These compounded my CISSP – a high-level cert was now looking good on my resume with all the technical certs as well. It showed I knew what I was doing while on the keyboard and while talking to management about business needs – a powerful combination.

1-year later during another annual performance review, I got a 20% salary increase and a promotion to Tier III Senior Security Engineer - still at the same job. I didn’t jump ship.  I’m an old school career man like that, I stick with a company if it is good.


As the years progressed, success started to compound itself. From senior security engineer, I was now a Team Lead. I survived two company lay-offs and was offered the position of Director (turned it down) – but the opportunity was there.

Not bad for someone who started off as a junior engineer who didn’t even know how to generate SSH public/private keys!

What the CISSP did was show me that everything that I wanted was possible, but I had to work for it. I had to put in the work. Just because I had CISSP after my name didn’t mean everything was going to be handed to me, quite the opposite.

I wrote a book, started this website, grew this incredible Facebook group, and maintained a social media CISSP presence. But all this just didn’t happen. The days and nights of studying CISSP was a proving ground. I wasn’t born rich or given a trust fund (and good for you if you were born rich, enjoy your life, nothing wrong with that). I am not gifted or naturally talented by any means, so for me, the CISSP taught me that if I want something I have to go back to the basics: days and nights of hard work.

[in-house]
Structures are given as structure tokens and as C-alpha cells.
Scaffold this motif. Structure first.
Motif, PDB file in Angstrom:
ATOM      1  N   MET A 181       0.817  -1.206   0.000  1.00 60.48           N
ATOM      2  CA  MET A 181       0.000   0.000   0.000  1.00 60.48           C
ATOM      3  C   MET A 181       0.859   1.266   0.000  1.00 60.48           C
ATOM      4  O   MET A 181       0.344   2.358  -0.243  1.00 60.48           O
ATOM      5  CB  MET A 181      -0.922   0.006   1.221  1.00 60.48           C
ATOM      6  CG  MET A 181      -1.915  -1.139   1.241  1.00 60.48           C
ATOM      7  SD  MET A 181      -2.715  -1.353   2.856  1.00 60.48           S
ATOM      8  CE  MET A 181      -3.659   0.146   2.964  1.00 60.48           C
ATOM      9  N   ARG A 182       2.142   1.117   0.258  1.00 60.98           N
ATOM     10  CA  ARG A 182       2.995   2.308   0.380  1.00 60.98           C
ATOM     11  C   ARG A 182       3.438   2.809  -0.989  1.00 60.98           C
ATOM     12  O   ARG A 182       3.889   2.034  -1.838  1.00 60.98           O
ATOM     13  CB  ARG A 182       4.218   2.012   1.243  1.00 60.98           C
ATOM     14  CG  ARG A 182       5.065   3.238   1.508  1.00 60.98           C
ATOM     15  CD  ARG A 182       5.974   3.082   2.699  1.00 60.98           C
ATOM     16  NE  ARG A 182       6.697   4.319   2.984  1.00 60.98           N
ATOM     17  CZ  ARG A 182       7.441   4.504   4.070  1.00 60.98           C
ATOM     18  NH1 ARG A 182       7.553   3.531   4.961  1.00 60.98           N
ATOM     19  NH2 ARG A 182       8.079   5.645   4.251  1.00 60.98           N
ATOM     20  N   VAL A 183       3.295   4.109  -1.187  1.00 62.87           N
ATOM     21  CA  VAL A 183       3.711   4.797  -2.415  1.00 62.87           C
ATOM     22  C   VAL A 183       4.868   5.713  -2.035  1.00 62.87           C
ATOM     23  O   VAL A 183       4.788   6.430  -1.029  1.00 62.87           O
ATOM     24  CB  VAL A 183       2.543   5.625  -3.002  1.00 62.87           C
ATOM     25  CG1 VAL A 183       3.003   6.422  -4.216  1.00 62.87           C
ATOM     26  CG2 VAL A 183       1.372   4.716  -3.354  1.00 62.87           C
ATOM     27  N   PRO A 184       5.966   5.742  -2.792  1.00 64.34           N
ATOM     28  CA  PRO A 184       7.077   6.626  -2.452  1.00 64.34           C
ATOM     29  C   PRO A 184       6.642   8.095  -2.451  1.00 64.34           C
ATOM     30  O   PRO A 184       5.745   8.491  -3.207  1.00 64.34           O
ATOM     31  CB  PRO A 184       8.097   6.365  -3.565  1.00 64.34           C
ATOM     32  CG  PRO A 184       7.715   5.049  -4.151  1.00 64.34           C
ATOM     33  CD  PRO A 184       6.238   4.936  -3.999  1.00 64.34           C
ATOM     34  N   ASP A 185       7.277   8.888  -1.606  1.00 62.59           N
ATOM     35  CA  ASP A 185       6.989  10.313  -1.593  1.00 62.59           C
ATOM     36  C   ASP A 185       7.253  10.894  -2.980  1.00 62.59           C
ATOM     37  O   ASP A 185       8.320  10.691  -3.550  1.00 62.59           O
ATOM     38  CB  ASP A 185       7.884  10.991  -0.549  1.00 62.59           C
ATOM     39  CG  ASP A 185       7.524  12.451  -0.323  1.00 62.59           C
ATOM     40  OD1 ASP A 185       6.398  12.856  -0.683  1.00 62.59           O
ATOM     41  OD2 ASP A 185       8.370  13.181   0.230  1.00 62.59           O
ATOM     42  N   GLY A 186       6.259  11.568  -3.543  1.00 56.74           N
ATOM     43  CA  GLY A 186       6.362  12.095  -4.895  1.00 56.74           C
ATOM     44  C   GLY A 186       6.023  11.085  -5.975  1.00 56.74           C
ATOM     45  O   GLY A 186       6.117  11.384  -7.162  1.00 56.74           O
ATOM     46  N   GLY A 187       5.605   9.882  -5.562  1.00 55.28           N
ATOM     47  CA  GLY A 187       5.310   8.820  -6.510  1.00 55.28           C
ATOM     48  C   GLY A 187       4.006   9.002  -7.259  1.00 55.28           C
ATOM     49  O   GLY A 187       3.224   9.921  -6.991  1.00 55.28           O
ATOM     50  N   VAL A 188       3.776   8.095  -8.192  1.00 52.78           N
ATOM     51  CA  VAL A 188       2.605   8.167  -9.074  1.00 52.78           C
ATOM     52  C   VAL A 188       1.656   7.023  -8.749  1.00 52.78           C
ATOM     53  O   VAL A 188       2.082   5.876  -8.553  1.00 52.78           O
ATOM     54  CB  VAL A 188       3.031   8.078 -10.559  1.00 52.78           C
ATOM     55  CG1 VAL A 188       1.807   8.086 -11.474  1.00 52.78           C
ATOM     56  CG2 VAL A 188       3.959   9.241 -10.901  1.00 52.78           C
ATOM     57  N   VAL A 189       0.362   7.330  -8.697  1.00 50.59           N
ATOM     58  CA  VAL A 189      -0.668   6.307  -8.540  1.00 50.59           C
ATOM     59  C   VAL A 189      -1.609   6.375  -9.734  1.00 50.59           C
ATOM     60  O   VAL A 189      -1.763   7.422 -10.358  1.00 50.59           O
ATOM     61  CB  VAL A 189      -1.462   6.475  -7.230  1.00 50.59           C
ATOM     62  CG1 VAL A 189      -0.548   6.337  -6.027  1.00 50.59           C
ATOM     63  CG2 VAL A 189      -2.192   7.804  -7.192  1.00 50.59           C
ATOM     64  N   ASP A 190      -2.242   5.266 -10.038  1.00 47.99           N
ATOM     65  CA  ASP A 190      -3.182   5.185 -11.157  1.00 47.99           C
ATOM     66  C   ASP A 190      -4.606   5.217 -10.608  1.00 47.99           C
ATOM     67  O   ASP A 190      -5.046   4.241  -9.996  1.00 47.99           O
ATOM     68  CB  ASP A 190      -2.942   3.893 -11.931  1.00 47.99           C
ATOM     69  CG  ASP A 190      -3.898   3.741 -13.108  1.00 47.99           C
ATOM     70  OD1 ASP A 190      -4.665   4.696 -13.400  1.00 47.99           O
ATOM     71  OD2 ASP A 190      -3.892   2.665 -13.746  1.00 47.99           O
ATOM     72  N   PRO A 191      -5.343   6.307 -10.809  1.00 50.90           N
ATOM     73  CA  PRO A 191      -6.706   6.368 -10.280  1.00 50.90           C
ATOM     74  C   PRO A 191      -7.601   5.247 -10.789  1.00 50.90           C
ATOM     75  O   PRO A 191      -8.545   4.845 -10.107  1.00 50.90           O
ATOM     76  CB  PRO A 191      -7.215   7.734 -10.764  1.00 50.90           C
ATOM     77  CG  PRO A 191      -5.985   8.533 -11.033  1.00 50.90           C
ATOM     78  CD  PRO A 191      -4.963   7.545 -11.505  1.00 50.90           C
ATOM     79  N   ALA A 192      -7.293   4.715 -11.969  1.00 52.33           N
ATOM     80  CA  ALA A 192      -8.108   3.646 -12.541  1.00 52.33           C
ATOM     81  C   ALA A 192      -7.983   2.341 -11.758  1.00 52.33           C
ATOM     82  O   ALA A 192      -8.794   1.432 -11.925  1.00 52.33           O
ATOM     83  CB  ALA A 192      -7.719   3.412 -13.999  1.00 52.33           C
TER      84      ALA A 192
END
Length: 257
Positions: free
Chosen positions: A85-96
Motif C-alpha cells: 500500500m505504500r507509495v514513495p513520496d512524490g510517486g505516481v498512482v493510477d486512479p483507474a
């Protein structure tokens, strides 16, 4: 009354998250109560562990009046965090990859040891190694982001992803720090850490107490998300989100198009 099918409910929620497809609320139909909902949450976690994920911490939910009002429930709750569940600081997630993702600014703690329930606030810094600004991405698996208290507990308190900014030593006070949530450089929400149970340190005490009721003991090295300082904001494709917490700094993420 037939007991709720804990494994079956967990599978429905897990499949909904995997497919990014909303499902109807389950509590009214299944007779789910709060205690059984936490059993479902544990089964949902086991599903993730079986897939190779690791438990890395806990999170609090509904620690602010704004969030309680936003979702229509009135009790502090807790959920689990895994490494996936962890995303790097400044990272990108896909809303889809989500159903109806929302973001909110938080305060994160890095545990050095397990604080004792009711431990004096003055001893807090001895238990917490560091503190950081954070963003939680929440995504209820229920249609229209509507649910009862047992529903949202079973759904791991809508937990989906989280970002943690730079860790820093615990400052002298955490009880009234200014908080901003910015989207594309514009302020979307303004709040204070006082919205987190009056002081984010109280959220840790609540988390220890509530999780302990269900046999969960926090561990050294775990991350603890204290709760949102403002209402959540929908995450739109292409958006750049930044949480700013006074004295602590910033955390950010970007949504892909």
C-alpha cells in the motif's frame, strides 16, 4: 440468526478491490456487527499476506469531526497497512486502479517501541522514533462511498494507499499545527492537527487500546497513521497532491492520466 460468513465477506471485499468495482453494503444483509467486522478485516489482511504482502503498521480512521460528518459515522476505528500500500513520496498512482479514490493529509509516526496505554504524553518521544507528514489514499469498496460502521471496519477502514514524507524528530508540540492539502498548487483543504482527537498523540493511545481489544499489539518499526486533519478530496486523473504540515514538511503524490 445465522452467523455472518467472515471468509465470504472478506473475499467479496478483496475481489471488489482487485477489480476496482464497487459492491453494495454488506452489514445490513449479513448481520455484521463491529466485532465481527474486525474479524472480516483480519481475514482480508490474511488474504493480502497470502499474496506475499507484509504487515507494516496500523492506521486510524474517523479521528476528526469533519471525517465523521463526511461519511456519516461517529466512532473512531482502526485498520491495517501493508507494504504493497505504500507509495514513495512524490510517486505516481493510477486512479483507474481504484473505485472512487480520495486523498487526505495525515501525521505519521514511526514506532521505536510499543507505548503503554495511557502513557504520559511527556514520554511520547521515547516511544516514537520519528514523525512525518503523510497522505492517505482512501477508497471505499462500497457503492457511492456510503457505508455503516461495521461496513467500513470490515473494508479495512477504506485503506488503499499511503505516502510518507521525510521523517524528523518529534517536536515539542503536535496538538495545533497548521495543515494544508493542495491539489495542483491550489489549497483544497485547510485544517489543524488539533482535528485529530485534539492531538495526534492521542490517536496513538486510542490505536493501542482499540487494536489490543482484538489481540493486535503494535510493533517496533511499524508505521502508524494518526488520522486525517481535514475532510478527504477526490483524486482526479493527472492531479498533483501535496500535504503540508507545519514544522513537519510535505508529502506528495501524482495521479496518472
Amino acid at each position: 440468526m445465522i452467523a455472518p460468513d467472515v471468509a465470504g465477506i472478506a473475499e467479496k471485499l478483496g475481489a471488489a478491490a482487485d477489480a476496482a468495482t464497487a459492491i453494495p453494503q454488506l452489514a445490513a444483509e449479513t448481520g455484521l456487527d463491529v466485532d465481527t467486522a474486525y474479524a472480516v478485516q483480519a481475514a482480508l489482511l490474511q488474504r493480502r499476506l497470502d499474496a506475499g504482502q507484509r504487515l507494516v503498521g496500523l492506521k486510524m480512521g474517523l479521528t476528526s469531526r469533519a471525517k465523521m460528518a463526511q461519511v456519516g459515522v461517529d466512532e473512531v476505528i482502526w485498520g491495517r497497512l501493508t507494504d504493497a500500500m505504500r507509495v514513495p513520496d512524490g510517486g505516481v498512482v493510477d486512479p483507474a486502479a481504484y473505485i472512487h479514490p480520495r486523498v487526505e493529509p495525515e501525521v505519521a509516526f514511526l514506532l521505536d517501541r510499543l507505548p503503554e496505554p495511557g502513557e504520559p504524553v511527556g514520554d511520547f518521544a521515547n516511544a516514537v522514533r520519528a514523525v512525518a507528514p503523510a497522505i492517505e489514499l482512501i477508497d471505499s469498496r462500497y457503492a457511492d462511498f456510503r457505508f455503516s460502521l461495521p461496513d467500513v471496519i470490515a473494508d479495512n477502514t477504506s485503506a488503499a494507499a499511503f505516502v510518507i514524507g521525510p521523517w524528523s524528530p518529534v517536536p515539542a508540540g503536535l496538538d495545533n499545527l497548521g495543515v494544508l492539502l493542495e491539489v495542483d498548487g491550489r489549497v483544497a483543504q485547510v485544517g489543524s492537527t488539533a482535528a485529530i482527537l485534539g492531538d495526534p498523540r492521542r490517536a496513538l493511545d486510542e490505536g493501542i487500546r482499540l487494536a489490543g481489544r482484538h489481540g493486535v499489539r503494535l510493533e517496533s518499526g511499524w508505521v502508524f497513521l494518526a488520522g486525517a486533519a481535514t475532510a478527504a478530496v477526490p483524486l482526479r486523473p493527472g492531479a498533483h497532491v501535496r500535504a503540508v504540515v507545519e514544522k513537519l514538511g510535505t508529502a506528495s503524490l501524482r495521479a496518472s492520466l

The same days and nights of studying for the CISSP, are the same days and nights required to get what I want. Life was probably teaching me all this the whole time too, but I just didn’t see it, the CISSP showed me the way.


Certifications alone do not make you a security professional, that takes having years of direct hands-on experience.  What certifications do is present certain opportunities for you that would have otherwise remained closed.  Having the CISSP opened doors for me that I did not even know existed.  

I got into I.T. on the bottom rung of a very tall ladder. I was the kid you called if the printer queue was backed up or you needed help setting up the projector.  The kind of job where 90% of tickets are completed by a reboot or a power cycle, know what I mean?

The kind of job that motivates you to work as hard as you can to get the heck out of there as soon as possible.  I’ve been there - where many of you might be right now. Stuck in a job, looking to make a move!